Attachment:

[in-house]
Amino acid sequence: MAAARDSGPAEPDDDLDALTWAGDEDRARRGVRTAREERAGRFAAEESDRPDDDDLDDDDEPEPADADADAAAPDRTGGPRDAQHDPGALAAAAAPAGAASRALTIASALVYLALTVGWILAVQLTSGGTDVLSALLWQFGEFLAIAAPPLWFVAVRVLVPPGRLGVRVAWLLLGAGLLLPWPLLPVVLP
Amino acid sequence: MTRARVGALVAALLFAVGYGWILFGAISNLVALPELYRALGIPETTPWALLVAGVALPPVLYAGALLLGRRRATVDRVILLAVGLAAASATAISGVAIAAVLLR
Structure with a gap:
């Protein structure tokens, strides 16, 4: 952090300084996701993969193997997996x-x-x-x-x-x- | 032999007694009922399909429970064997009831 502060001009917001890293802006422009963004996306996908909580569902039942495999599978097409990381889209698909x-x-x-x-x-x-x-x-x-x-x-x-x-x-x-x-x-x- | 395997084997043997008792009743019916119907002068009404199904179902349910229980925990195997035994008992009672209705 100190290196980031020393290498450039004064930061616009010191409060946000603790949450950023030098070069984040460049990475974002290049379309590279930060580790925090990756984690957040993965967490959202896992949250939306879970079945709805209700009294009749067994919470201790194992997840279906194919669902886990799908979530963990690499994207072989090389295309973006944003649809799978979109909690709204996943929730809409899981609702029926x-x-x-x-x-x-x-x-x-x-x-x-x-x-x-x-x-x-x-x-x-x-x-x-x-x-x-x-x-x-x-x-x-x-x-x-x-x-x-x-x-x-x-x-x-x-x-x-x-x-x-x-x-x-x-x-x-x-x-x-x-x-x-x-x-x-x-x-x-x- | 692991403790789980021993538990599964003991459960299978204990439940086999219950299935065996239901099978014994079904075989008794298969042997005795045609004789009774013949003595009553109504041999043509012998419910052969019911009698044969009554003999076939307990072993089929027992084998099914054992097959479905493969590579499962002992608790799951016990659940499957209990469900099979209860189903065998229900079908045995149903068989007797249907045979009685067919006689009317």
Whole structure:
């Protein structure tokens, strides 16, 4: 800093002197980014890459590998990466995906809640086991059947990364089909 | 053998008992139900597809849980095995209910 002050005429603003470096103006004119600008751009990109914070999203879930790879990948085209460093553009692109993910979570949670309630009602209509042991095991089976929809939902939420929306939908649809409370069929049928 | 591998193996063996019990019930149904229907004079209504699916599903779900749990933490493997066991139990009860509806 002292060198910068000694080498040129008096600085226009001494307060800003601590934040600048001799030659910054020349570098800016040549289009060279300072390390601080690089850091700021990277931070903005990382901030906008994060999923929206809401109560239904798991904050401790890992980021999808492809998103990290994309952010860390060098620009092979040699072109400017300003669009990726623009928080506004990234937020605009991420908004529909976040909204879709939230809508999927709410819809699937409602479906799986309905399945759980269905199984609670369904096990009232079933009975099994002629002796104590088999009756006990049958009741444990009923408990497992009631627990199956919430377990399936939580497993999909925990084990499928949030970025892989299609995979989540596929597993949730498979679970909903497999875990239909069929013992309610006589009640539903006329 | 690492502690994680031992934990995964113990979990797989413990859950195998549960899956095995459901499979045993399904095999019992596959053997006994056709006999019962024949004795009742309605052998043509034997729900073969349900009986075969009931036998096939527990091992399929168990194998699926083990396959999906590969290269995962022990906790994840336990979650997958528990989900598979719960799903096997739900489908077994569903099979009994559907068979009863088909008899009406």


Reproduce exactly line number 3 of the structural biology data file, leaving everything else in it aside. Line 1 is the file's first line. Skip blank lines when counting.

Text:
Amino acid sequence: MTRARVGALVAALLFAVGYGWILFGAISNLVALPELYRALGIPETTPWALLVAGVALPPVLYAGALLLGRRRATVDRVILLAVGLAAASATAISGVAIAAVLLR